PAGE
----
Once born, the intellectual idiom did in fact acquire autonomy of sorts. Its birth would have been impossible had it not been for a unique complex of structural dislocations within a specific corpus of local West European tradition. Since its articulation, however, the idiom has become detachable, to a degree, from its original context and, in principle, transferable. It was subject to what anthropologists call the “diffusion of stimulus,” a process which takes place when a cultural concept, an ideal, a postulate, or a norm, travels without the corresponding structural transformations which had made it a functional possibility in the first place. Having traveled alone, as a stimulus, or as an ostensibly purely spiritual influence, cultural patterns are often grafted onto wholly uncorrelated structures. In the process, they undergo substantive and functional changes, sometimes of a truly radical nature, while preserving at least the visibility of original kinship bonds. Neither the affected structure nor the foreign graft emerge from the process unscathed, though the concealment of this fact is more often than not the very condition of successful transplantation.

Soon after its birth, the intellectual idiom embarked on an adventurous journey that remains unfinished to this day. From the very start, however, it traveled not merely as a pattern for contemplation or spiritual refinement. What really brought it into salience and rendered it an object of envious and hopeful emulation was its explosive and spectacular application in the French Revolution. The question of who was the true agent of the Revolution, which class was its principal actor, has been asked again recently and has yielded some surprising and unconventional answers. 5 But whatever answer might turn into the scholarly canon of the next decade or so, one thing can hardly be in doubt. A revolution (as distinct from a rebellion or a coup d’état)—a daring, perhaps audacious, intent to transform a total system of society through the sheer legislative effort and education of minds, an active attempt to impose a complete model conceived in the course of intellectual analysis upon a society different from it in virtually every detail, a stubborn insistence on treating every gap between the a priori approved model and recalcitrant reality as so much ignorance, superstition and moral evil –all this could derive its authority and self-confidence only from the phenomenon ← 14 | 15 → described above as the “intellectual idiom.” By the very fact of offering such authority and confidence to the boldest, most shocking, and hence the most consequential event of the modern era, this idiom gained a wholly new dimension of significance and acquired an important, though contentious, place in the political thought and action of our times. Having culminated in the Revolution, the intellectual idiom, as pieced together and codified by successive generations of les philosophes and les idéologues, instilled in the European mind of the nineteenth century the belief that thought could be potent enough to destroy and create social realities. The more reluctant the local reality was to change, the keener and more radical this belief would tend to be—a connection which Marx spotted early, in a socially stagnant Germany as it gazed avidly at the breath-taking pace of social change across the Rhine.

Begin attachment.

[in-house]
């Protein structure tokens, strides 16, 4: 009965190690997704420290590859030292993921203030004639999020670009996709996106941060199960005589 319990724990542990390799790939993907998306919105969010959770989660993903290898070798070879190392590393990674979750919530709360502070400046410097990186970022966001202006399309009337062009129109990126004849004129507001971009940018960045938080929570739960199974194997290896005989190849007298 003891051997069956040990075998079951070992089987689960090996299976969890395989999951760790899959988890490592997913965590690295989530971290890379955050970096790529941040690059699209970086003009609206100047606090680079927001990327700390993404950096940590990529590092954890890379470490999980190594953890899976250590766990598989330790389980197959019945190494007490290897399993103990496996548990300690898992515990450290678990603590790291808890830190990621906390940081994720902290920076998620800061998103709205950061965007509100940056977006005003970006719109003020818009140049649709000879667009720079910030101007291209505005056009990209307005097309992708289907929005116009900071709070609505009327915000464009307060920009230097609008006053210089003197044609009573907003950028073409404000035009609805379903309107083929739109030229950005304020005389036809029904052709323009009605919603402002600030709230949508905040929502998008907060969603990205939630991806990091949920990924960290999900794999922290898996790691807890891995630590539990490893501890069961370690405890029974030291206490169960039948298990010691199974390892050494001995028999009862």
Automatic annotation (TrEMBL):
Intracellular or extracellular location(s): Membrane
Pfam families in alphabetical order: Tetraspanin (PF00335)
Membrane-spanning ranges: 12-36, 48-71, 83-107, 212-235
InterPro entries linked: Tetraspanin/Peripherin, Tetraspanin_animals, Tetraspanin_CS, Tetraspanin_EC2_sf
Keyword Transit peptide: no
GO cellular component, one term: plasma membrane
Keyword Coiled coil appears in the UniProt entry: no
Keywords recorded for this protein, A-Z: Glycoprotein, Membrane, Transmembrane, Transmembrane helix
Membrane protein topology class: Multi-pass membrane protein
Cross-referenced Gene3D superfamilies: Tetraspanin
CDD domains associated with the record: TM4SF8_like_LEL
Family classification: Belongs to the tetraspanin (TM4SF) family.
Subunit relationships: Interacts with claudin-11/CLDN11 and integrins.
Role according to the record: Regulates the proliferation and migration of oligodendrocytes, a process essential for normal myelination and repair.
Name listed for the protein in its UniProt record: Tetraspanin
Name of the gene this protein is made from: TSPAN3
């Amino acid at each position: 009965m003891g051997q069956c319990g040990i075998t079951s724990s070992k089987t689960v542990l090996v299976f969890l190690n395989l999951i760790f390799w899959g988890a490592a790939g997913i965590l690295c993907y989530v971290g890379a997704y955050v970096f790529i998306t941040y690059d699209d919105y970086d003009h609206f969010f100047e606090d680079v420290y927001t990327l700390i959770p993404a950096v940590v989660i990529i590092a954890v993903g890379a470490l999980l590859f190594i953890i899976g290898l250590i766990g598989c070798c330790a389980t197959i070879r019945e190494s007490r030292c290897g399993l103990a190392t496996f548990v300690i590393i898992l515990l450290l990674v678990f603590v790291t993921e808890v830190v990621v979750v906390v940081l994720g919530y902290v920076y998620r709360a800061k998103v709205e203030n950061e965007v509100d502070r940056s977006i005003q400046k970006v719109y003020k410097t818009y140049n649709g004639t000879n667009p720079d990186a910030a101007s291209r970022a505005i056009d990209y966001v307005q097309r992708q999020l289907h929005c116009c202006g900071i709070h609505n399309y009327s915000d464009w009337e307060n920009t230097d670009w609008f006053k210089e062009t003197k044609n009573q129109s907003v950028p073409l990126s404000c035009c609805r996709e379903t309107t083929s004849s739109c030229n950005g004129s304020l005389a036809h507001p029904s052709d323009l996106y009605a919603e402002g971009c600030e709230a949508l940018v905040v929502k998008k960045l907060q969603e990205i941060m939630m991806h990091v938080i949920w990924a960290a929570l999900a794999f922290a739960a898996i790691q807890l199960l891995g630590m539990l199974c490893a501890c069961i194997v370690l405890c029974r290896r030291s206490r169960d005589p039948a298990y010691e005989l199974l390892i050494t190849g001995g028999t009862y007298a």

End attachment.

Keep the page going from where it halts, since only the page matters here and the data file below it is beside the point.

The event described as “the birth of the Russian intelligentsia,” and the less studied rise of local (later to become national) intelligentsias throughout East-Central Europe in the second quarter of the nineteenth century, was the most poignant case of the early diffusion of the intellectual idiom. This part of Europe was well behind its western counterpart by all standards of economic and political development. It had neither crushed its peasantry nor politically dispossessed its aristocracy. The states that ruled this area were no more than urban based bureaucratic systems imposed upon peasant communes, ruled by custom, and upon small to large, sometimes very large, local fiefs and baronies ruled by traditional landowners. Even the spreading market could be absorbed and adapted to the benefit of these landowners. The dynasties identified with the states wielded what Michel Foucault dubbed a “sovereign power” (and Ernest Gellner, a “dentist power”—extraction by torture . . .); they confined their governing ambitions largely to revenue rising, and were essentially unconcerned with the administration of the daily lives or productive initiatives of their subjects. They had few, if any, moralizing and proselytizing aspirations. Cutting across many an ethnic and linguistic boundary, the dynasties also held uneasily together heterogeneous mixtures of otherwise unrelated ethnic groups, languages, cultures, and customs, which could hardly look toward vesting their group identities—either symbolically or politically—with the state. The latter appeared foreign to many, too noncommittal to most, distant and indifferent to all.

Two distinctive features of the East-Central European scene proved to be of particular relevance both to the urgency with which the stimulus of the intellectual idiom was embraced and to the seminal transmogrification this idiom underwent in the course of its adoption and adaptation.


ISBN (Hardcover)
Publication date
2014 (March)
Intellektuelle Osteuropa politische Oppostion Gesellschaftskritik Politics of Opposition
Frankfurt am Main, Berlin, Bern, Bruxelles, New York, Oxford, Wien, 2014. 302 pp.

Biographical notes

Irena Grudzinska-Gross (Volume editor) Andrzej W. Tymowski (Volume editor)

Irena Grudzińska Gross is co-editor in chief of East European Politics and Societies – and Cultures and teaches at the Department of Slavic Literatures at Princeton University (USA). She is Professor at the Institute of Slavic Studies, Polish Academy of Science. Andrzej W. Tymowski is a member of the editorial board of East European Politics and Societies – and Cultures. He is Director of International Programs at the American Council of Learned Societies and assistant professor in the Faculty of Artes Liberales at the University of Warsaw.


Title: Eastern Europe: Continuity and Change (1987–1995)
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305 pages